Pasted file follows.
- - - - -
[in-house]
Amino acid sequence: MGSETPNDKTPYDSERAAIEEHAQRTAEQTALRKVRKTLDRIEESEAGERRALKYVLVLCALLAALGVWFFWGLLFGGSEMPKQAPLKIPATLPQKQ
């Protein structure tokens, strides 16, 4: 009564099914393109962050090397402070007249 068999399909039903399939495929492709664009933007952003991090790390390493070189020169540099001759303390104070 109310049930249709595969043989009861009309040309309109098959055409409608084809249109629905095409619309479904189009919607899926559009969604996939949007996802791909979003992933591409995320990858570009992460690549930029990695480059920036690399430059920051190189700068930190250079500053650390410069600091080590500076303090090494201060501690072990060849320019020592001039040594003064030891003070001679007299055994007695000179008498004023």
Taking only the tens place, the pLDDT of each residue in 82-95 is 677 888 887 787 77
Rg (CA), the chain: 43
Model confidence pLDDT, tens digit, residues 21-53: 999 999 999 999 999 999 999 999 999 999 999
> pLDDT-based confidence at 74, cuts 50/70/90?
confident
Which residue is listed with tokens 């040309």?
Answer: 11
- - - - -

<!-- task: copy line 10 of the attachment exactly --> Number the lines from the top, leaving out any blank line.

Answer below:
Answer: 11